Friends and family of Austin teen Yasmine Acree held hands and prayed outside Greater St. John Bible Church last Thursday at a vigil for the 15-year-old girl, who’s been missing since Jan. 15. Yasmine is the cousin of Greater St. John Pastor Ira Acree.
At a press conference held afterward inside the church, 1256 N. Waller, friends and family sat in the sanctuary while Acree and other members of the Leaders’ Network, a group of West Side clergy, joined Yasmine’s mother, Rose Starnes, at the podium.
The press conference was scheduled not only to call attention to Yasmine’s case, but also to criticize Chicago print and broadcast media, which have largely ignored this missing-person’s case, supporters insist.
“We have been very disappointed in the media because, in Chicago, it seems that when people are missing, in certain communities there is a sense of urgency,” said Pastor Acree. “That doesn’t appear to be the case with this 15-year-old.”
Yasmine’s case received some local TV coverage early on but none from the mainstream newspapers.
“Yasmine, being a 15-year-old, deserves an even greater extent of coverage because she is a minor,” Acree said.
He and other family members offered thanks to community media, including Austin Weekly News, for offering ongoing coverage of her disappearance. Yasmine was last seen late in the evening Jan. 15, in the family’s Austin home. Family members believe she was abducted after discovering a broken lock on a normally secured outside gate.
Rose Starnes said police stopped giving her weekly updates on the case months ago, and have not heard from them since, except for a phone call a few days before the July 3 vigil.
Starnes and others close to the case said Yasmine was not the type of child who would run away.
“We can verify after talking with people in different aspects of Yasmine’s life that it would be totally out of character for her to just disappear on her own,” said Rev. Marshall Hatch, pastor of New Mt. Pilgrim Church and member of the LEADER’s Network. “We have no reason to believe that she somehow just ran away. All the evidence says that some adult is responsible for her disappearance. They are criminals, and police should find them and bring the minor back home.”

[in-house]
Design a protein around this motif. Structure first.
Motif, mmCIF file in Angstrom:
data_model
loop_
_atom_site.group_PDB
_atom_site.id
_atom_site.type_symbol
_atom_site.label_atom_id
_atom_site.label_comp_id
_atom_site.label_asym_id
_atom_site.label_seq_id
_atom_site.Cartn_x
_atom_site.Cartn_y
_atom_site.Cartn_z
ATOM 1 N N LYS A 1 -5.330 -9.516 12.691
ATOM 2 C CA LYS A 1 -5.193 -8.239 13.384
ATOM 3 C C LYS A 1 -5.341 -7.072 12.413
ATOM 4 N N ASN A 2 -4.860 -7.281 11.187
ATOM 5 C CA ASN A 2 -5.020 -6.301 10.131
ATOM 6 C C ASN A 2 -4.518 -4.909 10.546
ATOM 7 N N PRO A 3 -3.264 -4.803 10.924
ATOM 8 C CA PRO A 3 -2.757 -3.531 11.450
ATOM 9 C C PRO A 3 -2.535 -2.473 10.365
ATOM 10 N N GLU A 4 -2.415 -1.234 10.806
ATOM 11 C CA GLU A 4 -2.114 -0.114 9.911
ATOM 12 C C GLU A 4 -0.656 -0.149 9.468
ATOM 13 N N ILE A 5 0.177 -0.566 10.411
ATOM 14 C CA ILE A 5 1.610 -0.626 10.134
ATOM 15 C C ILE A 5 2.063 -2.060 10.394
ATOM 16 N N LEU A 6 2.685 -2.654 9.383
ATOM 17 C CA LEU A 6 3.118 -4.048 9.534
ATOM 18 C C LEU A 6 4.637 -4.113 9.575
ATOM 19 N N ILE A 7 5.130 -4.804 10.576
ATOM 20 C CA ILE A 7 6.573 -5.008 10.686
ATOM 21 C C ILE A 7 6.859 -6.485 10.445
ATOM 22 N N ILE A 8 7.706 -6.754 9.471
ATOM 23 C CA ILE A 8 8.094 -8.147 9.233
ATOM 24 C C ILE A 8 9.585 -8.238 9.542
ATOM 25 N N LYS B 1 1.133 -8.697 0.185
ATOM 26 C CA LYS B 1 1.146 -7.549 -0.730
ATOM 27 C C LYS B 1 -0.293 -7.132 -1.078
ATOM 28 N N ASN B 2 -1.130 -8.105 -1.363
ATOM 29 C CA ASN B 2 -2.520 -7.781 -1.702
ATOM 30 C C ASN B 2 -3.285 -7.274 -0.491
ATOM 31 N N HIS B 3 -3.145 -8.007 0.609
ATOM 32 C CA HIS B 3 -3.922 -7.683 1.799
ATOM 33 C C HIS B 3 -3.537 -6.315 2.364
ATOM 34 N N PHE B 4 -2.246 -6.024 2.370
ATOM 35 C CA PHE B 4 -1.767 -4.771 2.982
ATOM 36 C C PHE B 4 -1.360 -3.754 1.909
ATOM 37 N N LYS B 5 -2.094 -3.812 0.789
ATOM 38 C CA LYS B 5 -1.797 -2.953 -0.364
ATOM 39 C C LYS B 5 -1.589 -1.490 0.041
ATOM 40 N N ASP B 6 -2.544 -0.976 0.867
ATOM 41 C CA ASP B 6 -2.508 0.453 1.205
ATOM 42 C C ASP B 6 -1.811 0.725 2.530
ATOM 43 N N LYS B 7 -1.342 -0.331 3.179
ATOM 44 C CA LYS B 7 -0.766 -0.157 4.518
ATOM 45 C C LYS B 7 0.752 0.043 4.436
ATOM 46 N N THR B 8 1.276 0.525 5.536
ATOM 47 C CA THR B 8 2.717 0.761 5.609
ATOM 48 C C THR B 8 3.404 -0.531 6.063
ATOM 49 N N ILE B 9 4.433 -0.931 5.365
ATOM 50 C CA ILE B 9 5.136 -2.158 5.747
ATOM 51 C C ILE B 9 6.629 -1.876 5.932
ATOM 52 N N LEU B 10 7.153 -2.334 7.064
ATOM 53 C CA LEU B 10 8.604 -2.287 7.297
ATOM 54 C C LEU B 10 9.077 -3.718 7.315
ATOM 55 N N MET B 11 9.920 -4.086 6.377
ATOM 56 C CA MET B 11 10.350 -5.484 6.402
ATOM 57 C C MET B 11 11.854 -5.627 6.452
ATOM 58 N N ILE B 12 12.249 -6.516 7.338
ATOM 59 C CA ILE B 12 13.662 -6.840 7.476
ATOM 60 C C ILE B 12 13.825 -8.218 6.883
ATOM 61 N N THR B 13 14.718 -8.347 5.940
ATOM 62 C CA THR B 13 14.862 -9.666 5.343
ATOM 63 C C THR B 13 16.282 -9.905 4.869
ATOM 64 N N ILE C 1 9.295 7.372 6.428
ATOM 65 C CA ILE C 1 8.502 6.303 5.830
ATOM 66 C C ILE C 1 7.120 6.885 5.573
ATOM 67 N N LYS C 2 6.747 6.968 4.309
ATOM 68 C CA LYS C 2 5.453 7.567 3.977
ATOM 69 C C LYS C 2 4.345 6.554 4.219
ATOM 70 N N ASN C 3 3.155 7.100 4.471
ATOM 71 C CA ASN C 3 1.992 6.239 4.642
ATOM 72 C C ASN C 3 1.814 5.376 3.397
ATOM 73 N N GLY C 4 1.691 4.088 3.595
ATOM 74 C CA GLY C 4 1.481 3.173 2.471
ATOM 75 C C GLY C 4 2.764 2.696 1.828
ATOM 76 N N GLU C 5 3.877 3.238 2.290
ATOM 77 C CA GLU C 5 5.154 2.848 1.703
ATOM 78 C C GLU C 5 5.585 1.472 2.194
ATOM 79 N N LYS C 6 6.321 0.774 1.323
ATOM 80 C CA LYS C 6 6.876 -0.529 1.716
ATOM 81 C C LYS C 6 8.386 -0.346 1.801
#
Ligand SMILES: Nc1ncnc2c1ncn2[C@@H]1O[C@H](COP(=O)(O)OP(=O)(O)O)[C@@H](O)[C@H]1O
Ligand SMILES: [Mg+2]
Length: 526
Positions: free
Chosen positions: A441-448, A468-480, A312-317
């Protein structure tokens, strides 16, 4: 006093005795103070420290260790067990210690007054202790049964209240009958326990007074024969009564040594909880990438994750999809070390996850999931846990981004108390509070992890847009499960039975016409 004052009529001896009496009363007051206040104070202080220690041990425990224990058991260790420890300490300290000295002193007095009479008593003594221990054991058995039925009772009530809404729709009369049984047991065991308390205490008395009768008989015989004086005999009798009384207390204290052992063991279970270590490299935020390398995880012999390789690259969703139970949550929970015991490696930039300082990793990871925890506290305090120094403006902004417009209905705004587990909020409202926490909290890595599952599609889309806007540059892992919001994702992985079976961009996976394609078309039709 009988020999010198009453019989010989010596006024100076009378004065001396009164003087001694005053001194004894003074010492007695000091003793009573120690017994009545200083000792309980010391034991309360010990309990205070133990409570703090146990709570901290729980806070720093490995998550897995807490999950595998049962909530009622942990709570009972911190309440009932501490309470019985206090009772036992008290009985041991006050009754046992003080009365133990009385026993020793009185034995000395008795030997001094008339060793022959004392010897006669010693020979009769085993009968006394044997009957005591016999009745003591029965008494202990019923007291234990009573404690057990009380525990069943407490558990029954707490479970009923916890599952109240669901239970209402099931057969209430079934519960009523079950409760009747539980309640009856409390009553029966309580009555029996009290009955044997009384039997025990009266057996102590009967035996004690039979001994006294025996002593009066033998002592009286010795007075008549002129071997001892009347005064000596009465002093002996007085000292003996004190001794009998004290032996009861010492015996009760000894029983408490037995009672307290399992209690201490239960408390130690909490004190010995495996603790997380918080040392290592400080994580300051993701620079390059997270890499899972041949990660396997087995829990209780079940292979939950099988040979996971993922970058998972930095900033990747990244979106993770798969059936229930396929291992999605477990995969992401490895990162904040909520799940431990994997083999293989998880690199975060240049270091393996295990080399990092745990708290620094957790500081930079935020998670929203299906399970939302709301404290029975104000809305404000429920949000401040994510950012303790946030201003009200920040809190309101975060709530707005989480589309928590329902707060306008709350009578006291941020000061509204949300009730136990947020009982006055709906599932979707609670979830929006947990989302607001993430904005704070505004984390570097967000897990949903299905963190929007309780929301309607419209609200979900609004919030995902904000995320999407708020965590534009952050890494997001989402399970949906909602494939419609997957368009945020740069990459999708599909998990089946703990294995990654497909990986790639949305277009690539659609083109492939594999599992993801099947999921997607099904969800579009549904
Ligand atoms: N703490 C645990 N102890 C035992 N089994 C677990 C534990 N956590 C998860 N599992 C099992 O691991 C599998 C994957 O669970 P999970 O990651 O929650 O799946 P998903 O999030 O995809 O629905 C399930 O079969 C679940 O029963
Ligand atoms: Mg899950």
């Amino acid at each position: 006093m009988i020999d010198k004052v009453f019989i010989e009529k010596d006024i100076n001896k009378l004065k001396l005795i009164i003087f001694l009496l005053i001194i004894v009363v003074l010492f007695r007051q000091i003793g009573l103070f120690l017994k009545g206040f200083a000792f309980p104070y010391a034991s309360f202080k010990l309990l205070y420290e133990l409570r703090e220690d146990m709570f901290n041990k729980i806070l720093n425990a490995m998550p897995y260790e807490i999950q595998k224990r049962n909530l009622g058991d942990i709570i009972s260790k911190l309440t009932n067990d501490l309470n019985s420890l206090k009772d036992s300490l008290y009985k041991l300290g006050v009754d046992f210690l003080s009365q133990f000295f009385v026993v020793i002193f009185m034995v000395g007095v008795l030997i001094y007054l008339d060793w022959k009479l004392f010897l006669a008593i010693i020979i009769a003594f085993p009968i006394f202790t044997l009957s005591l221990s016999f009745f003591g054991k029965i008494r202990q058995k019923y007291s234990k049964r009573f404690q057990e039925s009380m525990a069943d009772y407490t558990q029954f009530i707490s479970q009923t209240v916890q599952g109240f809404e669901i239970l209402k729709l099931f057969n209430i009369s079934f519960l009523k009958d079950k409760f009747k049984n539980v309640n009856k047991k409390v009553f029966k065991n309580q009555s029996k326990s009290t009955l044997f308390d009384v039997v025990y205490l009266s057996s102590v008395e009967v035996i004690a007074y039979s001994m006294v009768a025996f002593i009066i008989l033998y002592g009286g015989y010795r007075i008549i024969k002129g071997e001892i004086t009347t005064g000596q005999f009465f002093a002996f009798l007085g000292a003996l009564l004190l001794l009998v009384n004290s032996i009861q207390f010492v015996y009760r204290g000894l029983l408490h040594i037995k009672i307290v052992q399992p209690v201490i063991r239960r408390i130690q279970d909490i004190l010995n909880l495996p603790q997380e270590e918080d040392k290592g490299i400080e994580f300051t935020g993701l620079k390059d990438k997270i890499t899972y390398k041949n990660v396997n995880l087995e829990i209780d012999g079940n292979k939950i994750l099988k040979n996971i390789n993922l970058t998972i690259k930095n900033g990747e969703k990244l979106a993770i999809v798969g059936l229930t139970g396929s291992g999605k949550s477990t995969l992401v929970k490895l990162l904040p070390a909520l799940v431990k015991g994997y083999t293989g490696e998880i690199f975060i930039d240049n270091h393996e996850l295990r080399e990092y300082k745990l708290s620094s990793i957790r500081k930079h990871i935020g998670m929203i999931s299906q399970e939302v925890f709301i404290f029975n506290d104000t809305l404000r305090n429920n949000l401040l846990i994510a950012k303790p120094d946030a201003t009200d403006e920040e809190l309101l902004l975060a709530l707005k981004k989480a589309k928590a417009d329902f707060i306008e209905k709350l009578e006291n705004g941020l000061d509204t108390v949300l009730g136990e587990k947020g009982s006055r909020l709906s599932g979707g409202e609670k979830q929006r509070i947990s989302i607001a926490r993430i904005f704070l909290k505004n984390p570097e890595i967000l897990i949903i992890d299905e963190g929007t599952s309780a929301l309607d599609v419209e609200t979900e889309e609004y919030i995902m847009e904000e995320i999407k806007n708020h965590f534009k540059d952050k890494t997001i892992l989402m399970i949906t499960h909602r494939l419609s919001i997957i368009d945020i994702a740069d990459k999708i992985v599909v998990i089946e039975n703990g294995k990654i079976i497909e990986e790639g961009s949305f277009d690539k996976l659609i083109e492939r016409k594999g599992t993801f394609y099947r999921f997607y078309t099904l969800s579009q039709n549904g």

Acree added that family wants police to conduct thorough interviews with everyone connected to the case, including a young man believed to be Yasmine’s boyfriend. He said they believe the boy is not involved in her disappearance, but police have not yet questioned the young man or his mother.
The Austin pastor also publicly questioned for the first time whether his group’s fight against police misconduct has caused law enforcement to slack off on the case.
The network played a significant role in dismantling the Chicago Police Department’s Office of Professional Standards, which opponents claimed failed to properly address police misconduct allegations. The OPS was replaced by the Independent Police Review Authority, which Acree and the network strongly advocated for.
“I began to wonder why there’s been no sense of urgency in finding a missing teen?” said Acree. “I’m also aware that I have been personally involved as an activist. I’m aware of my personal activism against the bad apples that are part of the police department. Every time we made a case, we said these bad apples only represented a small remnant of the police department, and that small remnant needed to be taken off the force.
“I would hate to think, as I look around and see no sense of urgency, that this is a form of payback and retaliation for my group that I help lead,” he added. “I would hate to think that because Yasmine’s life means so much and she is innocent. She has done nothing wrong.”
Acree asked police to treat this case as they would if a teen went missing in, say, Bridgeport or Lincoln Park. The family also encouraged Yasmine’s friends and members of the community to write letters to the Chicago newspapers concerning Yasmine’s disappearance.